The PsA Days of My Life
If you asked me to describe what a typical day is like living with psoriatic arthritis, I'd have to say there is no such thing. There are low pain days, high pain days, and days with heavy fatigue and brain fog. A day can start one way and end another. My baseline pain and activity level fluctuate. It's hard to predict how I will feel from one day to the next, which can make planning anything—from a simple coffee date to a vacation—a real challenge.
What do my good days with psoriatic arthritis look like?
Some days, I wake up feeling relatively well-rested and ready to take on the world. For me, a great day is one of not needing to take anything for pain relief until evening. Not to be confused with holding out until evening to address pain, but that my pain level is low enough to get through the day without medicinal assistance. My fear of severe flare days makes it hard to enjoy these types of days. Instead of using them to do something just for fun, they are spent catching up on work and other commitments.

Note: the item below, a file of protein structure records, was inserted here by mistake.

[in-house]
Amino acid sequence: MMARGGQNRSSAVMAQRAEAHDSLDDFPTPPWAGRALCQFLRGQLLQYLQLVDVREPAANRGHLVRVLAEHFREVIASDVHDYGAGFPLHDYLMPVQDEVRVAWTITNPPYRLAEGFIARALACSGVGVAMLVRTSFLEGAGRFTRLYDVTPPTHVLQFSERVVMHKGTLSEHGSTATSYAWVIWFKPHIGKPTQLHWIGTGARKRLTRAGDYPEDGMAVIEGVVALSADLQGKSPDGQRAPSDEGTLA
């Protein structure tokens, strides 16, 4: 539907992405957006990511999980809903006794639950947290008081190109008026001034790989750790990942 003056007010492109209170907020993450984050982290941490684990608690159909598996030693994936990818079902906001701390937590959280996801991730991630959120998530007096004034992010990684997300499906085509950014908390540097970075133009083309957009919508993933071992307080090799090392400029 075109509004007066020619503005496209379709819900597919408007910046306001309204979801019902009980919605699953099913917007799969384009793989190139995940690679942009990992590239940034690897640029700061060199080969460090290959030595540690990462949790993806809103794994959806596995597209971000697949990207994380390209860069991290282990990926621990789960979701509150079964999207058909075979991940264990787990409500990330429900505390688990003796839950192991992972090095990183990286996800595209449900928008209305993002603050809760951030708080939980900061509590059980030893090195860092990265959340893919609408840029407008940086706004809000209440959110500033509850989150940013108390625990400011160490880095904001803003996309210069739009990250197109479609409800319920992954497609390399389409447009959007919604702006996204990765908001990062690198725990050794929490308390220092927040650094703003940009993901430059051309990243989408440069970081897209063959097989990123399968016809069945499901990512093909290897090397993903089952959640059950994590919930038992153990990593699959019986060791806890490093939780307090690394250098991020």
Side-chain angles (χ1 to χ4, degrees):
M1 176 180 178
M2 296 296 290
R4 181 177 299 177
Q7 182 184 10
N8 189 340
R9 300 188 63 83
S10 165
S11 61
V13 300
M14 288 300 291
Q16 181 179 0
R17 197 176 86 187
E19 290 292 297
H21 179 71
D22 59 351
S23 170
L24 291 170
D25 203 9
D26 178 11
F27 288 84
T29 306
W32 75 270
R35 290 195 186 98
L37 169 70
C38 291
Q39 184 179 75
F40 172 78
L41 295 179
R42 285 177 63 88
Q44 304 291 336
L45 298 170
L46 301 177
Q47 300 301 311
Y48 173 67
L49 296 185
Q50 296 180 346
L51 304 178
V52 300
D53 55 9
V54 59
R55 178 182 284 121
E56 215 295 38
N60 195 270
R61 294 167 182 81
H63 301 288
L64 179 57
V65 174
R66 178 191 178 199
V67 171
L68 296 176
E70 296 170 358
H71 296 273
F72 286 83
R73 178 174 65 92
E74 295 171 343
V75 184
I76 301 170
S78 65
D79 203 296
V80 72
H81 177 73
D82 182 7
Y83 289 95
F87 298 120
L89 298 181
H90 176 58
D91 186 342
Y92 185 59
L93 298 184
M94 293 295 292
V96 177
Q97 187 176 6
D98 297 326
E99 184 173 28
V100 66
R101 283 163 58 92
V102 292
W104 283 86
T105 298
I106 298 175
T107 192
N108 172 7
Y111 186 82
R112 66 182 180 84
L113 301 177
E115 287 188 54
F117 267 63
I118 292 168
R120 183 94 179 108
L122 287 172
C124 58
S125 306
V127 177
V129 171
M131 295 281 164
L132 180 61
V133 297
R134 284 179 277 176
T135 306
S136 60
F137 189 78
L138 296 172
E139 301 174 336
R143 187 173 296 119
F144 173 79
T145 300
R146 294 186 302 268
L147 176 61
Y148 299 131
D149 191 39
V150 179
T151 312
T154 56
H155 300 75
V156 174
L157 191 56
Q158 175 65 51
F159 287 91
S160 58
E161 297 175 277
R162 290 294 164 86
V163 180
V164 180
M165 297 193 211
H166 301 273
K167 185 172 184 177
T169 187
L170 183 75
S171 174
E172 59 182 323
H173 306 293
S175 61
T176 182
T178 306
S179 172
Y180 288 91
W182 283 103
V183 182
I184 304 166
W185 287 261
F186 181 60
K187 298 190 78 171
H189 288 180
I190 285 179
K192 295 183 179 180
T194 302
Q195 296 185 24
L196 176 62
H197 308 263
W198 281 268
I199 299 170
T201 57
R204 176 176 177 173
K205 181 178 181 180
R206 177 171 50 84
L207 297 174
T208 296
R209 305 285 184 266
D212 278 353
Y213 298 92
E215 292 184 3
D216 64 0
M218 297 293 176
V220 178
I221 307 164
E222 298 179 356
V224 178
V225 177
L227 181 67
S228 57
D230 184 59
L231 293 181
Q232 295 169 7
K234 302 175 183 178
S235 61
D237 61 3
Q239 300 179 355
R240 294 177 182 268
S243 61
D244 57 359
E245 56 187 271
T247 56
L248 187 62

What do my bad days look like?
Other days, it feels like I got hit by a truck overnight. On those mornings, it takes everything I have just to get out of bed. And forget about getting dressed. These are the days when psoriatic arthritis holds me prisoner, and my bed serves as my jail cell. The day is spent drifting in and out of sleep while watching television.
What do the in-between days look like?
Some days, my symptoms are manageable, and I can do most of the things I enjoy. While other days, even the simplest tasks — like cooking dinner or taking a shower — are too much for me. I may start the day in pain and feel better by evening, or a great morning may be interrupted with fatigue and pain by lunchtime.
How do I balance the unpredictability?
It's frustrating not knowing how my body will respond from one day to the next. Will this be a good day or a bad day? Will I be able to do what I want or need to do? There's no way to know for sure which can make managing my illness—and my life—a real juggling act—especially when dealing with multiple chronic illnesses.
Juggling one condition is hard enough, but having four, plus a mystery symptom, all with their own agenda, any ability to plan around them has disappeared. With that said, I have to force myself to do things I love and enjoy. I cannot wait for a “good” day. Instead, I have to find a balance between having fun despite the pain, working when my brain and body allow, and allowing my body the time it needs to recover from severe flares or extra activity.
Whether I like it or not, these are the psoriatic arthritis days of my life. Every day is different. Some days are better than others, and some days are worse. I must give myself grace on the bad days and celebrate the good ones — even if they're few and far between.
How do you celebrate your good days?
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